Narrative:A Hawker Beechcraft 390 Premier IA corporate jet, registered D-IAYL, was destroyed when it crashed during a go around near St. Moritz-Samedan Airport (SMV), Switzerland. Both crew members were killed.
|Date:||19 DEC 2010|
|Type:||Hawker Beechcraft 390 Premier IA|
|Operator:||Windrose Air Jetcharter|
|C/n / msn:|| RB-249|
|First flight:|| 2008|
|Total airframe hrs:||1047|
|Engines:|| 2 Williams International FJ44-2A|
|Crew:||Fatalities: 2 / Occupants: 2|
|Passengers:||Fatalities: 0 / Occupants: 0|
|Total:||Fatalities: 2 / Occupants: 2 |
|Airplane damage:|| Destroyed|
|Airplane fate:|| Written off (damaged beyond repair)|
|Location:||1 km (0.6 mls) N of St. Moritz-Samedan Airport (SMV) (Switzerland)
|Phase:|| Landing (LDG)|
|Departure airport:||Zagreb-Pleso Airport (ZAG/LDZA), Croatia|
|Destination airport:||St. Moritz-Samedan Airport (SMV/LSZS), Switzerland|
The airplane took off at 14:01 from Zagreb-Pleso Airport (ZAG), Croatia on a commercial flight to St. Moritz-Samedan Airport (SMV) under callsign QGA 631V, under instrument flight rules (IFR).
After an uneventful flight, the IFR flight plan was cancelled at 14:53:09 and the flight continued under visual flight rules (VFR).
After first contact with Samedan Information, when the crew reported that they were ten miles before the threshold of runway 21, the aircraft was in fact approximately eight miles north-east of the threshold of runway 21.
When at 14:58:40 the crew of a Piaggio 180 asked the flight information service officer (FISO) of Samedan Information about the weather as follows: "(...) and the condition for in bound still ok?", the crew of D-IAYL responded at 14:58:46, before the FISO was able to answer: "Yes, for the moment good condition (...)".
D-IAYL was slightly north-east of Zuoz when the crew asked the FISO about the weather over the aerodrome. D-IAYL was over Madulein when at 14:59:46 the FISO informed the crew that they could land at their own discretion. Immediately afterwards, the crew increased their rate of descent to over 2200 ft/min and maintained this until a final recorded radio altitude (RA) of just under 250 ft, which they reached over the threshold of runway 21.
The crew then initiated a climb to an RA of approximately 600 ft, turned a little to the left and then flew parallel to the runway centre line. The landing gear was extended and the flaps were probably set to 20 degrees. At the end of runway 21 the crew initiated a right turn onto the downwind leg, during which they reached a bank angle of 55 degrees; in the process their speed increased from 110 to 130 knots.
Abeam the threshold of runway 21, the crew turned onto the final approach on runway 21. The bank angle in this turn reached up to 62 degrees, without the speed being noticeably increased. The aircraft then turned upside down and crashed almost vertically. Both pilots suffered fatal injuries on impact. A power line was severed, causing a power failure in the Upper Engadine valley. An explosion-type fire broke out. The aircraft was destroyed.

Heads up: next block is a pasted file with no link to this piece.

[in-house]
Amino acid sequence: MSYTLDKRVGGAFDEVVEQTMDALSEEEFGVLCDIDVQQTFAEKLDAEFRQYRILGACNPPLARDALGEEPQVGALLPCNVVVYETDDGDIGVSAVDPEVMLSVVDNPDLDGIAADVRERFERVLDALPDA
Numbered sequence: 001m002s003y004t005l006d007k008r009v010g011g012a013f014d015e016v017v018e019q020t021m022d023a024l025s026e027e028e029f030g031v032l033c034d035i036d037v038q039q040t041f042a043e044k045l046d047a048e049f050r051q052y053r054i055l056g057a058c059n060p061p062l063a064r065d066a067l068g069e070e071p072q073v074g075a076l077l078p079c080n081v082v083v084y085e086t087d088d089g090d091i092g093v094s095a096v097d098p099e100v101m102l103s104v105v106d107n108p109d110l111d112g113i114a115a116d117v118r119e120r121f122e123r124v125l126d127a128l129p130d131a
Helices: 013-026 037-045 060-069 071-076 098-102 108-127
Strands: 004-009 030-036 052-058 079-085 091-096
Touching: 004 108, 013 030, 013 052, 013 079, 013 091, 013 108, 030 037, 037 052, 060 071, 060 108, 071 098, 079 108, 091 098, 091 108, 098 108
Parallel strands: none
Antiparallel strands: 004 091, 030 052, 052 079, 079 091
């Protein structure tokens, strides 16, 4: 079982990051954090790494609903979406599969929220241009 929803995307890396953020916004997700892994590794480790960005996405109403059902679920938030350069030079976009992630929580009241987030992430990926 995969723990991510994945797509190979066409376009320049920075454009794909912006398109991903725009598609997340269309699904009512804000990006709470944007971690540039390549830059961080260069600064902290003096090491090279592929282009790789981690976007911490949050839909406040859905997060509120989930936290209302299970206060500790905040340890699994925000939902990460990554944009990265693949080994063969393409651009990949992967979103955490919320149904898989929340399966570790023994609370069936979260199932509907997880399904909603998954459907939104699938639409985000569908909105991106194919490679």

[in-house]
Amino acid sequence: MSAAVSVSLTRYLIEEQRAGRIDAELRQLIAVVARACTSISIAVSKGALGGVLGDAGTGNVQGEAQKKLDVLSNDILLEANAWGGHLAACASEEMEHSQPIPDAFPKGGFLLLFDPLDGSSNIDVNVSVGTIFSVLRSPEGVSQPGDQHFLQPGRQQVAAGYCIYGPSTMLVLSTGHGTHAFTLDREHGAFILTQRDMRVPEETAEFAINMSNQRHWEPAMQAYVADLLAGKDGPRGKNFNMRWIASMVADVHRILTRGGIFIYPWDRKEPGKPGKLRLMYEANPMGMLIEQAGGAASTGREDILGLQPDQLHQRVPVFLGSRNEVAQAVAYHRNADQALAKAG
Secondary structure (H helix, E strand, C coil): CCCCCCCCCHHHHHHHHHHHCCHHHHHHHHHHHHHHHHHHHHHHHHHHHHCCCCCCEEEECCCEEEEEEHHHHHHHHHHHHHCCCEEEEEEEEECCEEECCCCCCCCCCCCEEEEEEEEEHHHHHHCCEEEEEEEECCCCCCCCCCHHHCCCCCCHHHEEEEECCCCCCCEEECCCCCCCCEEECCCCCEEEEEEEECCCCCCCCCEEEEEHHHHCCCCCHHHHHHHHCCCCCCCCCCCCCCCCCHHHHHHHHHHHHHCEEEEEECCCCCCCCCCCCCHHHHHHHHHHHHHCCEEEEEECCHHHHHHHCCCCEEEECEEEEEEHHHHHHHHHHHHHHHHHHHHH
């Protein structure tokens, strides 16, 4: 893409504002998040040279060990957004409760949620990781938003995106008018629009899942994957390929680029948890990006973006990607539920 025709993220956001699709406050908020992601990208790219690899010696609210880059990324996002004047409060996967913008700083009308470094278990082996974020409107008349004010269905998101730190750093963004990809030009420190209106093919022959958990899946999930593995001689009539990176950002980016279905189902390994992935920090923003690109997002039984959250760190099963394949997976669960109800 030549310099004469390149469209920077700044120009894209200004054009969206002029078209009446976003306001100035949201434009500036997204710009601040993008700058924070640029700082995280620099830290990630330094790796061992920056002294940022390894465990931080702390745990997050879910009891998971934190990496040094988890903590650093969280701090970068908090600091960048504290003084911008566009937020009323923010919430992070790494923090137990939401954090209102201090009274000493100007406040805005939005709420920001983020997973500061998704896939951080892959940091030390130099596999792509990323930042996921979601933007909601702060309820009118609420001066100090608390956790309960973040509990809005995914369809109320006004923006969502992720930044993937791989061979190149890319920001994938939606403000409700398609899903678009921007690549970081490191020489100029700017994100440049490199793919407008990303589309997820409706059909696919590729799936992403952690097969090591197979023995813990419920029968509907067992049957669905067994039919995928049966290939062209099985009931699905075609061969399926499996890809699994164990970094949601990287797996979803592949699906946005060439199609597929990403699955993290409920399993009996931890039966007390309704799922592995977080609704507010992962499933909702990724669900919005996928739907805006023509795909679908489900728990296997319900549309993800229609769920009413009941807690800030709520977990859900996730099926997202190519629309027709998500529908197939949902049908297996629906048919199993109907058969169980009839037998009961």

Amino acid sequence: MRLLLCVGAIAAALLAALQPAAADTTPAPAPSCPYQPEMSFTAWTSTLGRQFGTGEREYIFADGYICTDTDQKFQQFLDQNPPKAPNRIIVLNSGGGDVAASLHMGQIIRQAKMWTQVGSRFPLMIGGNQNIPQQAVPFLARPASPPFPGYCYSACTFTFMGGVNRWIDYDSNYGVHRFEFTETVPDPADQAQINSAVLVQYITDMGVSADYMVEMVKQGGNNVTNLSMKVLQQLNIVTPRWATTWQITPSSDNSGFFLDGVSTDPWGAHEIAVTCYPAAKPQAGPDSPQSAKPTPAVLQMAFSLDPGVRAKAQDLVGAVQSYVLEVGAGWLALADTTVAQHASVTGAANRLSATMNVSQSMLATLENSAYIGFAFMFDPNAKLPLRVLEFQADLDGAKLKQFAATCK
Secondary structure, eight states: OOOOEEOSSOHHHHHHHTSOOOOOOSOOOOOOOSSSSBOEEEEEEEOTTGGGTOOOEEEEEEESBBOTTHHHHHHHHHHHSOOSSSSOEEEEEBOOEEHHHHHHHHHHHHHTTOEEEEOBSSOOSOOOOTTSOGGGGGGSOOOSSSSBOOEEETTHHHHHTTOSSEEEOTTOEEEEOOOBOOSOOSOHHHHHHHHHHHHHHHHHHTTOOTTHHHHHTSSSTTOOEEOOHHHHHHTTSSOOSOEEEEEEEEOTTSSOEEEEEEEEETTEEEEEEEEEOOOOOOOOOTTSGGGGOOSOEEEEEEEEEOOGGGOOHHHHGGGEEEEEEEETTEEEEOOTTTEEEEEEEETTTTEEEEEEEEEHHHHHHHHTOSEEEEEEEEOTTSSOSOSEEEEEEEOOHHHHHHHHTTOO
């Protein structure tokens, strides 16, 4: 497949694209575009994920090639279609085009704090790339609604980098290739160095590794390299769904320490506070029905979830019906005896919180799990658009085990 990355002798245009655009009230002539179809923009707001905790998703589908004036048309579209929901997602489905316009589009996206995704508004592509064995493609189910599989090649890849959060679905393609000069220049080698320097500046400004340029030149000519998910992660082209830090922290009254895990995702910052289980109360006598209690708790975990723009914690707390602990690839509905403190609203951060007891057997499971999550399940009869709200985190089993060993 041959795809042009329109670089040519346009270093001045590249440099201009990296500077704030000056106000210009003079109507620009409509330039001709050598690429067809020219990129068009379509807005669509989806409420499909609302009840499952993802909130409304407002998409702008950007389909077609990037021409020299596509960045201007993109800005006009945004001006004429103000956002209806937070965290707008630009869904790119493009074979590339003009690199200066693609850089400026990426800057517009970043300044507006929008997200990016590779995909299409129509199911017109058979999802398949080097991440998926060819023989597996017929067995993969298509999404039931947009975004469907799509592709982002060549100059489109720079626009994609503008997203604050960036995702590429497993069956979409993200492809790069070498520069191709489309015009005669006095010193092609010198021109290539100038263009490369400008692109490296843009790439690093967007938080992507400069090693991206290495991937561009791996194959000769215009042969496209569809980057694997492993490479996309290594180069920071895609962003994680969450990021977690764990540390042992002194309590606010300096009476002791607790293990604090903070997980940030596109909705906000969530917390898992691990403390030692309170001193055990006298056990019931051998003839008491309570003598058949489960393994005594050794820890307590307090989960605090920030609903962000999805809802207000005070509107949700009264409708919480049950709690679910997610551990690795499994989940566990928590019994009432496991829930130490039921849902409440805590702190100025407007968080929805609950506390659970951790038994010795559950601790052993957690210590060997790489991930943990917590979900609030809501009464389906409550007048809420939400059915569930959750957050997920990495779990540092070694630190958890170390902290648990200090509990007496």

Weather reported at 14:40 local time:
LSZS 191340Z 20008KT 170V230 3000 -SN BR FEW025 BKN040 M06/M10 Q1002 NOSIG=
[13:40 UTC: Wind 200 degrees at 8 knots direction varying 170-230 degrees; Visibility 3000m; light snow, mist; few clouds at 2,500 feet, broken clouds 4,000 feet;Temperature -6░C, Dew point -10░C, 1002 hPa]
The accident is attributable to the fact that the aircraft collided with the ground, because control of the aircraft was lost due to a stall.
The following causal factors have been identified for the accident:
- The crew continued the approach under weather conditions that no longer permitted safe control of the aircraft.
- The crew performed a risky manoeuvre close to ground instead of a consistent missed approach procedure.
The fact that the flight information service did not consistently communicate to the crew relevant weather information from another aircraft was a contributing factor to the genesis of the accident.
As a systemic factor that contributed to the genesis of the accident, the following point was identified:
- The visibility and cloud bases determined on Samedan airport were not representative for an approach from Zernez, because they did not correspond to the actual conditions in the approach sector.
This map shows the airport of departure and the intended destination of the flight. The line between the airports does not
display the exact flight path.
Distance from Zagreb-Pleso Airport to St. Moritz-Samedan Airport as the crow flies is 481 km (301 miles).